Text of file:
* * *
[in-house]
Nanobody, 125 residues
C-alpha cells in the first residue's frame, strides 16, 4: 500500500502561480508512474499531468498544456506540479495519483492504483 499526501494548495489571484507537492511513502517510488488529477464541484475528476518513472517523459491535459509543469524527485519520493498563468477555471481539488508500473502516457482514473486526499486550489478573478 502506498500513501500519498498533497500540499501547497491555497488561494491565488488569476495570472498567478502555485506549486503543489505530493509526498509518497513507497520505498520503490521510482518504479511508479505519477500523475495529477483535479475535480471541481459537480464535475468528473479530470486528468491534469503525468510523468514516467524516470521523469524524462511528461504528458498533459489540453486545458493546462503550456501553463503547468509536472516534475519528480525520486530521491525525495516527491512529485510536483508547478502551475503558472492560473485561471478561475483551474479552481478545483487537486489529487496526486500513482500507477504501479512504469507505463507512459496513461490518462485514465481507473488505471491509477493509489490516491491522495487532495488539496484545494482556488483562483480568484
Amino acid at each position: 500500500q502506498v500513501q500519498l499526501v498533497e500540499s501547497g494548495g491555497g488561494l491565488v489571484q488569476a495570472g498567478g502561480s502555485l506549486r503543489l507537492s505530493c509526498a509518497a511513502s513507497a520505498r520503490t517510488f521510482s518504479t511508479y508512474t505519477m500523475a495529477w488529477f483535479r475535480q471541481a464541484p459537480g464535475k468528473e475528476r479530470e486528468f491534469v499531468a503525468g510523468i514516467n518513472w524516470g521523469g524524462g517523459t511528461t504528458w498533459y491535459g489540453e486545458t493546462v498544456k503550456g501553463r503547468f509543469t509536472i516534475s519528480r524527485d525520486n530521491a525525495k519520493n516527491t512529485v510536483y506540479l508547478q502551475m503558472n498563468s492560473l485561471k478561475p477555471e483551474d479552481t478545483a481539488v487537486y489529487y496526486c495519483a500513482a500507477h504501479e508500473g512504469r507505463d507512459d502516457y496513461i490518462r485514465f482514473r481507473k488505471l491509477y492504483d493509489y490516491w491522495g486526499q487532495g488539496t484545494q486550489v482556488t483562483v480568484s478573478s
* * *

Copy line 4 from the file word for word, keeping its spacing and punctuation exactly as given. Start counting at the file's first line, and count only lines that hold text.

Amino acid at each position: 500500500q502506498v500513501q500519498l499526501v498533497e500540499s501547497g494548495g491555497g488561494l491565488v489571484q488569476a495570472g498567478g502561480s502555485l506549486r503543489l507537492s505530493c509526498a509518497a511513502s513507497a520505498r520503490t517510488f521510482s518504479t511508479y508512474t505519477m500523475a495529477w488529477f483535479r475535480q471541481a464541484p459537480g464535475k468528473e475528476r479530470e486528468f491534469v499531468a503525468g510523468i514516467n518513472w524516470g521523469g524524462g517523459t511528461t504528458w498533459y491535459g489540453e486545458t493546462v498544456k503550456g501553463r503547468f509543469t509536472i516534475s519528480r524527485d525520486n530521491a525525495k519520493n516527491t512529485v510536483y506540479l508547478q502551475m503558472n498563468s492560473l485561471k478561475p477555471e483551474d479552481t478545483a481539488v487537486y489529487y496526486c495519483a500513482a500507477h504501479e508500473g512504469r507505463d507512459d502516457y496513461i490518462r485514465f482514473r481507473k488505471l491509477y492504483d493509489y490516491w491522495g486526499q487532495g488539496t484545494q486550489v482556488t483562483v480568484s478573478s